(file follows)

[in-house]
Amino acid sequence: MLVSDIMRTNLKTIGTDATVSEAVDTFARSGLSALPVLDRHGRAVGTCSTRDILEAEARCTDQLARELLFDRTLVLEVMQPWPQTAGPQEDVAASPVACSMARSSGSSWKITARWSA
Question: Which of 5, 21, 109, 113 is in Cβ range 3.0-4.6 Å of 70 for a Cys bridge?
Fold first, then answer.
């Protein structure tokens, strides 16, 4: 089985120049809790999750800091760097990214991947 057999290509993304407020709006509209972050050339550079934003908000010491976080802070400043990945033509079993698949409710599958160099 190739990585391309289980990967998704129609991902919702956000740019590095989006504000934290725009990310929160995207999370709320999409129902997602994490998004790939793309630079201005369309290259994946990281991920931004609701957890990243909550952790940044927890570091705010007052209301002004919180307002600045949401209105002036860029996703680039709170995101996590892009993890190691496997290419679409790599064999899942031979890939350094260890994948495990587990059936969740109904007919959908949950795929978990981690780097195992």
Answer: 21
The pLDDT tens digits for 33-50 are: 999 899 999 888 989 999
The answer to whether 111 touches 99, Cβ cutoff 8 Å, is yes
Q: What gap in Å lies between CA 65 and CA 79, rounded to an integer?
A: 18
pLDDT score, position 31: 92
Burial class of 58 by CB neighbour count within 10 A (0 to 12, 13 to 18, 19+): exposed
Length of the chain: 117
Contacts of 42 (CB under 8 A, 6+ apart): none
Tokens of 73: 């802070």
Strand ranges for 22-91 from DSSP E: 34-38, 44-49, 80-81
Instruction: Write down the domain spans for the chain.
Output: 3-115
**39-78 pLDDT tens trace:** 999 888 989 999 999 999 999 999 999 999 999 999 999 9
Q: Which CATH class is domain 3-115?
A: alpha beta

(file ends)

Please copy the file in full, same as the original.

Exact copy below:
[in-house]
Amino acid sequence: MLVSDIMRTNLKTIGTDATVSEAVDTFARSGLSALPVLDRHGRAVGTCSTRDILEAEARCTDQLARELLFDRTLVLEVMQPWPQTAGPQEDVAASPVACSMARSSGSSWKITARWSA
Question: Which of 5, 21, 109, 113 is in Cβ range 3.0-4.6 Å of 70 for a Cys bridge?
Fold first, then answer.
């Protein structure tokens, strides 16, 4: 089985120049809790999750800091760097990214991947 057999290509993304407020709006509209972050050339550079934003908000010491976080802070400043990945033509079993698949409710599958160099 190739990585391309289980990967998704129609991902919702956000740019590095989006504000934290725009990310929160995207999370709320999409129902997602994490998004790939793309630079201005369309290259994946990281991920931004609701957890990243909550952790940044927890570091705010007052209301002004919180307002600045949401209105002036860029996703680039709170995101996590892009993890190691496997290419679409790599064999899942031979890939350094260890994948495990587990059936969740109904007919959908949950795929978990981690780097195992």
Answer: 21
The pLDDT tens digits for 33-50 are: 999 899 999 888 989 999
The answer to whether 111 touches 99, Cβ cutoff 8 Å, is yes
Q: What gap in Å lies between CA 65 and CA 79, rounded to an integer?
A: 18
pLDDT score, position 31: 92
Burial class of 58 by CB neighbour count within 10 A (0 to 12, 13 to 18, 19+): exposed
Length of the chain: 117
Contacts of 42 (CB under 8 A, 6+ apart): none
Tokens of 73: 């802070």
Strand ranges for 22-91 from DSSP E: 34-38, 44-49, 80-81
Instruction: Write down the domain spans for the chain.
Output: 3-115
**39-78 pLDDT tens trace:** 999 888 989 999 999 999 999 999 999 999 999 999 999 9
Q: Which CATH class is domain 3-115?
A: alpha beta